Students arrived on the University of La Verne campus Monday toting backpacks and hot coffee, some still sleepy-eyed from months of summer relaxation and others raring to go for the first day of t...
Steve Morgan is a tough act to follow, but it’s becoming increasingly clear that Devorah Lieberman, the university’s new president is just the right person for the job.
When Devorah Lieberman first read the University of La Verne’s mission statement, she immediately noticed a common thread: Everything about the institution is focused on student success.
Lieberman, a nationally recognized academic leader and award-winning educator, knew the values that were first instilled in her growing up in Covina and honed in her 33-year career in higher education were consistent with those of the university.
Described as an engaging and passionate leader, Lieberman has the distinction of being the first female president in the University of La Verne’s 119-year history. She succeeds Stephen C. Morgan, who retired after 26 years as president and who has described Lieberman as “the kind of person who lights up a room when she walks in.”
Lieberman said she admires what La Verne stands for and commends the institution’s commitment to diversity, quality of life for students, faculty and staff, engagement, community service and empowerment of first-generation college students.
“Here is an institution that speaks to my heart, that values what I value,” she said.
When Lieberman read the mission statement and learned more about La Verne, she knew it was a good fit. For her, students always come first.
“It felt to me when I went through this process that they were choosing me as their next president and I was choosing them,” she said. “It was an institution and an individual choosing each other.”
The Board of Trustees picked Lieberman after an intensive, 10-month national search. She has been recognized for promoting national initiatives including institutional transformation, balancing graduate and liberal education, student and faculty development, internationalization and diversity.
Board Chair Luis Faura said Lieberman’s selection was a significant achievement for the university.
“Throughout her career she has fostered personal learning experiences for students, promoted expanded multicultural and diversity education opportunities, pioneered programs designed to support faculty development and research, and advanced the scholarship of civic engagement,” Faura said.
Lieberman recently left her role as Provost and Vice President for Academic Affairs at Wagner College, a private comprehensive liberal arts institution in Staten Island, N.Y.
At Wagner, Lieberman administered all academic, curricular and student-related elements.
Under her direction, ethnic diversity of entering students at Wagner rose sharply, the overall student enrollment changed from featuring primarily in-state residents to having the majority of students come from outside New York state, and the student retention rate between the freshman and sophomore years increased to nearly 90 percent. All of this occurred while financial support for faculty research and scholarship increased dramatically.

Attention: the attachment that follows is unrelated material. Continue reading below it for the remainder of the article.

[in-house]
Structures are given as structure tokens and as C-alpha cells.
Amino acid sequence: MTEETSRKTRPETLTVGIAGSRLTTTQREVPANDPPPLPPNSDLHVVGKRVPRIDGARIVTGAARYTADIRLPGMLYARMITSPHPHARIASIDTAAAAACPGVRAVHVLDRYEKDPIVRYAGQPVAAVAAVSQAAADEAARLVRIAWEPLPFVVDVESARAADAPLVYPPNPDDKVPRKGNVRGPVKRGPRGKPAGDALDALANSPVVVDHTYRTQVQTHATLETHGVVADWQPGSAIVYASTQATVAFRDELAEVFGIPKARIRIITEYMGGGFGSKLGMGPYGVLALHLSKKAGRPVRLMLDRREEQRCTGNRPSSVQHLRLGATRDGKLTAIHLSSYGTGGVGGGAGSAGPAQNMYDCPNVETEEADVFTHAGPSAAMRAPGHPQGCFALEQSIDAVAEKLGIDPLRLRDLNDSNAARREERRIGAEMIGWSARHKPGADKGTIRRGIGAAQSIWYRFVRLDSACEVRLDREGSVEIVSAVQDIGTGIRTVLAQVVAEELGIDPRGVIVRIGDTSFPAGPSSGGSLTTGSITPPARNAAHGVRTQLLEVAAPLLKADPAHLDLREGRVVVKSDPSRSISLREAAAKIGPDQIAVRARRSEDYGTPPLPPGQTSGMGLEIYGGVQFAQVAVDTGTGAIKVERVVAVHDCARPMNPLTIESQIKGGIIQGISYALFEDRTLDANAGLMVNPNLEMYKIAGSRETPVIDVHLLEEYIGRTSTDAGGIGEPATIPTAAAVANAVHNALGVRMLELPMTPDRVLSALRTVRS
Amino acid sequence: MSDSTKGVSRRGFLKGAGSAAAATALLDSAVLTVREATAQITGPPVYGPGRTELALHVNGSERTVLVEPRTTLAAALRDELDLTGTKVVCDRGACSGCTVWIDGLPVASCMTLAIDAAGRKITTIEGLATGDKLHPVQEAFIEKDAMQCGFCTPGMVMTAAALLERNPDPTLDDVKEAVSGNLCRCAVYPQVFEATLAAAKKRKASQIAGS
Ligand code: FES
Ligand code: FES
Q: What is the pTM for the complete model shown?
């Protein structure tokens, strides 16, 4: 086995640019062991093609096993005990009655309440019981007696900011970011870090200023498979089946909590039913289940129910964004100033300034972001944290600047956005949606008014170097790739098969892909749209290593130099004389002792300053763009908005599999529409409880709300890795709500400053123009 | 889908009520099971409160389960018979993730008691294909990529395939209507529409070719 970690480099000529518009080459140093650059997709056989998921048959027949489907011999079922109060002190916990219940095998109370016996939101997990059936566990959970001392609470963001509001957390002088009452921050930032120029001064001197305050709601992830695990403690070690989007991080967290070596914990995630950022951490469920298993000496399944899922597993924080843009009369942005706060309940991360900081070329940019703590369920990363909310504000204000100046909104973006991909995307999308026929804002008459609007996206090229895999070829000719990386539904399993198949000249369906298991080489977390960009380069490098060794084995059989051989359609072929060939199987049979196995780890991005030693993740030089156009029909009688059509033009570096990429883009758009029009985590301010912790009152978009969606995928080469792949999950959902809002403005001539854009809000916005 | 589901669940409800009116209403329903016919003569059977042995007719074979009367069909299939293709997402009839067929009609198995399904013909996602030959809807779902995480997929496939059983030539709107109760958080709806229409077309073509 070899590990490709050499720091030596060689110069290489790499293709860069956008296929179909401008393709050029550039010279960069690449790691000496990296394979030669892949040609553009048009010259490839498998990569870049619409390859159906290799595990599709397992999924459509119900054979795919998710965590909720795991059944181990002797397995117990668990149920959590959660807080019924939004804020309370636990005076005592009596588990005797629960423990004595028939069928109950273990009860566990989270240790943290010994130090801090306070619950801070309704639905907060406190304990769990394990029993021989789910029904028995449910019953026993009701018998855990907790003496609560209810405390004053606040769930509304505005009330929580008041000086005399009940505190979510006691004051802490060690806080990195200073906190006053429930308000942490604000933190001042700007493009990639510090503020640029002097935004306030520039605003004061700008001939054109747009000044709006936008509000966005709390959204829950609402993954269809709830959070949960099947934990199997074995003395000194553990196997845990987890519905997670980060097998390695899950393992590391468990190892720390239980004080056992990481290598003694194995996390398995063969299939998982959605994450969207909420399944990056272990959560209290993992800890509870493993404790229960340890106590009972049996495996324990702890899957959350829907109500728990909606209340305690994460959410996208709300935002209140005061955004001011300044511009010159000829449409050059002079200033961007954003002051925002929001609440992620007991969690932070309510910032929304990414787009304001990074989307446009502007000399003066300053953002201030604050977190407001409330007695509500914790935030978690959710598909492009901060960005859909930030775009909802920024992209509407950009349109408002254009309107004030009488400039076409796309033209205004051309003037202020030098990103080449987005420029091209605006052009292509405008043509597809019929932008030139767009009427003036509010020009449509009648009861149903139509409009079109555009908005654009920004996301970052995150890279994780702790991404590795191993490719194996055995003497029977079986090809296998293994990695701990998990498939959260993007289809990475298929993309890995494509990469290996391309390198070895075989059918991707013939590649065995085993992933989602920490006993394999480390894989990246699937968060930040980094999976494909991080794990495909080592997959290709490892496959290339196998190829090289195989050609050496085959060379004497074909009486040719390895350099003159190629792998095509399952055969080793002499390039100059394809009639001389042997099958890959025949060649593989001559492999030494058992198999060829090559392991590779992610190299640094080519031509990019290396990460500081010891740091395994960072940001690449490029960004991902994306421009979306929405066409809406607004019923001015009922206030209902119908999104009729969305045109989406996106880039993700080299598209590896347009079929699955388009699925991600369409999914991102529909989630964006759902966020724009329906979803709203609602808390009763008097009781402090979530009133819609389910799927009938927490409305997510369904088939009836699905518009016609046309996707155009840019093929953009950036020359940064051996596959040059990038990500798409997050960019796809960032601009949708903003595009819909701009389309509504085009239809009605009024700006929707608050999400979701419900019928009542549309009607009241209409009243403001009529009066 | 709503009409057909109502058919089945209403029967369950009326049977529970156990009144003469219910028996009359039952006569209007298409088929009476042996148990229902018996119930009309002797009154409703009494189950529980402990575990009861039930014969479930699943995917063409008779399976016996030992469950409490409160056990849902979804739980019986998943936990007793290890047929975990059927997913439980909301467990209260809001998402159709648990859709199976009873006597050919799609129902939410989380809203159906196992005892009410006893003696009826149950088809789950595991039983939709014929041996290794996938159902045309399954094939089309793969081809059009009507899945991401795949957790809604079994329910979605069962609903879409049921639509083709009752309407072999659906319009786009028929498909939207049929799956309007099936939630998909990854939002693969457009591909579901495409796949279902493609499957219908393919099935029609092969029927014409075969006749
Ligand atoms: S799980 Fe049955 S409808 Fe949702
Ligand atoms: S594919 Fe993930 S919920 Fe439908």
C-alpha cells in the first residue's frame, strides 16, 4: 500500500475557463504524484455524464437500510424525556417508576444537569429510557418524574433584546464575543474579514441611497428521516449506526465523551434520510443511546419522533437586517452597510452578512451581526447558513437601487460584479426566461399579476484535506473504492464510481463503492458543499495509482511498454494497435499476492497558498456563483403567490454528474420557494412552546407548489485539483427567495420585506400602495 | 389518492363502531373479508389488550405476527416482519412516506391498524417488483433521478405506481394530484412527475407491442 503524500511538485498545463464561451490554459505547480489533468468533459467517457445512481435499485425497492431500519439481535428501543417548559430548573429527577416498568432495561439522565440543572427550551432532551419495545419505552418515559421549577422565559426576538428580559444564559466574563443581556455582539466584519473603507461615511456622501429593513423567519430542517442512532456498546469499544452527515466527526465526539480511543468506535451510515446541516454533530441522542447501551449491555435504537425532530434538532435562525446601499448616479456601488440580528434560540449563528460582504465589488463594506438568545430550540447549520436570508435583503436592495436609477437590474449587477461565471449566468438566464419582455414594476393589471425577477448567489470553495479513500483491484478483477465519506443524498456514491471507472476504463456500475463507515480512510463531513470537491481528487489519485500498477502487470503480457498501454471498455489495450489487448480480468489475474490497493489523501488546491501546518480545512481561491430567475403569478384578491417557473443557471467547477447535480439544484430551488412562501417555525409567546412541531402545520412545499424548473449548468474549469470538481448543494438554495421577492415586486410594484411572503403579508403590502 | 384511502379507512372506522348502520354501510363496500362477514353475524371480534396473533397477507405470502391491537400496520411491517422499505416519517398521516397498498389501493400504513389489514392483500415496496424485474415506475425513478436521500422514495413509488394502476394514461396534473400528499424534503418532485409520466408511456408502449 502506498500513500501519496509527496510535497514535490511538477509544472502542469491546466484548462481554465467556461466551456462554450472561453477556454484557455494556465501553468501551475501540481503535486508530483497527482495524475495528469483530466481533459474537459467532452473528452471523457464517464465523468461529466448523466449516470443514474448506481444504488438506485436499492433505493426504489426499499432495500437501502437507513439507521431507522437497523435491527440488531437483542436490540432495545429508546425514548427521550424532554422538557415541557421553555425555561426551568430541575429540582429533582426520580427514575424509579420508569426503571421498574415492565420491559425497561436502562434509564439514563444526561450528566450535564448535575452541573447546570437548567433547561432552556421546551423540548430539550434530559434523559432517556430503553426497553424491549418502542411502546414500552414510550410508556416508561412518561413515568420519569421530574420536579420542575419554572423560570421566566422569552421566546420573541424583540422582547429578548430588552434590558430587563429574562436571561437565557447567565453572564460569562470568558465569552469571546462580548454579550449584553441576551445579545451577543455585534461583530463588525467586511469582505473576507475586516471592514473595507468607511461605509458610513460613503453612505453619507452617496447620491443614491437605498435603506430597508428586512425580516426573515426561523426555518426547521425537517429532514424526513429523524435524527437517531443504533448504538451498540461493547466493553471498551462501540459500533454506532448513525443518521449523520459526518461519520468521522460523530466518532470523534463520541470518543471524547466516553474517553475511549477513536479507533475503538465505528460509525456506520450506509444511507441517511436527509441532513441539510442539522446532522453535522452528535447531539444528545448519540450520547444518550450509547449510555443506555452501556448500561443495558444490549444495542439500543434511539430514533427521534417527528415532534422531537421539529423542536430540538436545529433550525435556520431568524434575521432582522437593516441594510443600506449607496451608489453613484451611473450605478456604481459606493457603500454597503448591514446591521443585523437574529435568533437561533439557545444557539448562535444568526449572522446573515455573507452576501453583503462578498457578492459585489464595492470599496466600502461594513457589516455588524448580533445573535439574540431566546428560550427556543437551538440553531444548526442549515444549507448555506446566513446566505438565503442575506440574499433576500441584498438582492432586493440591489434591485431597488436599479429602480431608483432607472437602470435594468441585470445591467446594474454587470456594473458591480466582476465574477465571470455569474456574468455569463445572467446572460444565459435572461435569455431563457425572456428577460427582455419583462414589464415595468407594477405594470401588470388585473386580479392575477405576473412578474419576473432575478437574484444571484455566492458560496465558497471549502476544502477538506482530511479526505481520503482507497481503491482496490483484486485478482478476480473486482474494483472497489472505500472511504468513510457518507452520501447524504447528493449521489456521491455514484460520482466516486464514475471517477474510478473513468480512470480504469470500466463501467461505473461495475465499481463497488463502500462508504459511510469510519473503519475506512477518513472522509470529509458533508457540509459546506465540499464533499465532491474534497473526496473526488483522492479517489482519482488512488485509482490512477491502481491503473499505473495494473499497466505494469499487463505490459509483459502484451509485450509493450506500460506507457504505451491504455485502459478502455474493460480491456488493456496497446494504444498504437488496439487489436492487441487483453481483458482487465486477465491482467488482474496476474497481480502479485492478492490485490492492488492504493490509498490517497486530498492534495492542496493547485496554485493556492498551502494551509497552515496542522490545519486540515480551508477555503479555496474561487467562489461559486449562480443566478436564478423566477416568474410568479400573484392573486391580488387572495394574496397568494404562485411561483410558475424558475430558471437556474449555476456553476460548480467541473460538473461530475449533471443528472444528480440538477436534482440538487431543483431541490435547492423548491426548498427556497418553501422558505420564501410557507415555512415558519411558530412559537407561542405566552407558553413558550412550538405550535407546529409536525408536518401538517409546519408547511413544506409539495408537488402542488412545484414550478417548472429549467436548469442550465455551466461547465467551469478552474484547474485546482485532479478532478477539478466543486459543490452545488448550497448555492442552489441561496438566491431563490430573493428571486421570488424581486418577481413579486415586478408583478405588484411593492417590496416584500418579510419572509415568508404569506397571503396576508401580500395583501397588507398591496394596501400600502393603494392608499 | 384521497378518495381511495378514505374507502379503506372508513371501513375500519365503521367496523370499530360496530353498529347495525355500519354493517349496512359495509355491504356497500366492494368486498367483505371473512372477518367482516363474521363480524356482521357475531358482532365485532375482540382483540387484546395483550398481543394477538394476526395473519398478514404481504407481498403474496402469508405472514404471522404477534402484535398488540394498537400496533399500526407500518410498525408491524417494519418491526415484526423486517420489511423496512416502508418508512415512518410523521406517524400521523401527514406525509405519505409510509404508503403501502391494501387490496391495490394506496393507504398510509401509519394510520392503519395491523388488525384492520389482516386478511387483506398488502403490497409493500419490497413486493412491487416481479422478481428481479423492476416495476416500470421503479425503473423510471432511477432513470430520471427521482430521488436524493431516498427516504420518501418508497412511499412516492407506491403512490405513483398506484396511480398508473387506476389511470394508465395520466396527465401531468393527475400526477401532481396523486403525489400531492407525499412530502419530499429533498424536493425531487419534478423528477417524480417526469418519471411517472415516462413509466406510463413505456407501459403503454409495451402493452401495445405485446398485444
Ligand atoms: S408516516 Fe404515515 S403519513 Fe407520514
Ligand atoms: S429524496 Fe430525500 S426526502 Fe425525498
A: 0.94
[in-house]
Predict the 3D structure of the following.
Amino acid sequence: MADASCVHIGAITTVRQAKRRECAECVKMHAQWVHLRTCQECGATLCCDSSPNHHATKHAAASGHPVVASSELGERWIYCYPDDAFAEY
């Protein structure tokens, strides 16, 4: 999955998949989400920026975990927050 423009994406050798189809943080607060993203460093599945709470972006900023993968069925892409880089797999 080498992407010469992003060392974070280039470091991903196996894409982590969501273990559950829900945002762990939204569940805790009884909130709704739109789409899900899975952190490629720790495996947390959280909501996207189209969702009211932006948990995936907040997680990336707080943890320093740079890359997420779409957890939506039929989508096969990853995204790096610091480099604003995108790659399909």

Prior to her time at Wagner, Lieberman spent more than 16 years at Portland State University in Oregon as both a faculty member in the Department of Communication Studies and an administrator. During her final four years she was vice provost and special assistant to the university president. In 2000, she was honored as Oregon Professor of the Year, awarded by the Carnegie Foundation for the Advancement of Teaching. She also received the 1999 Distinguished Faculty Award from the Portland State Alumni Association.
While at Portland State, Lieberman extended the Oregon Leadership Institute to become a statewide mentoring program for Latino students, helping them to successfully graduate from high school and enroll in college.
She was part of a transformation team that created an innovative education program that earned the university national recognition. That led her to Wagner College, where she expanded upon and deepened elements of a curriculum that unites focused learning and practical application.
At La Verne, there is an opportunity to create what Lieberman calls the “La Verne Experience,” an interdisciplinary curriculum that will be threaded through all programs and campuses of the institution and will include components of reflection and giving back to the community.
“I think this will be a remarkable model that campuses around the country can look at and say, ‘We can learn from this and we can adapt a “La Verne Experience”’ and I think that will give the institution national distinction,” she said. It is her dream, she said, to have that begin incrementally in fall of 2012 with that freshman class.
Lieberman returned to La Verne several times since her presidency was announced. She spent a week on the campus in March during Morgan Auditorium dedication week, attending each one of the celebrations.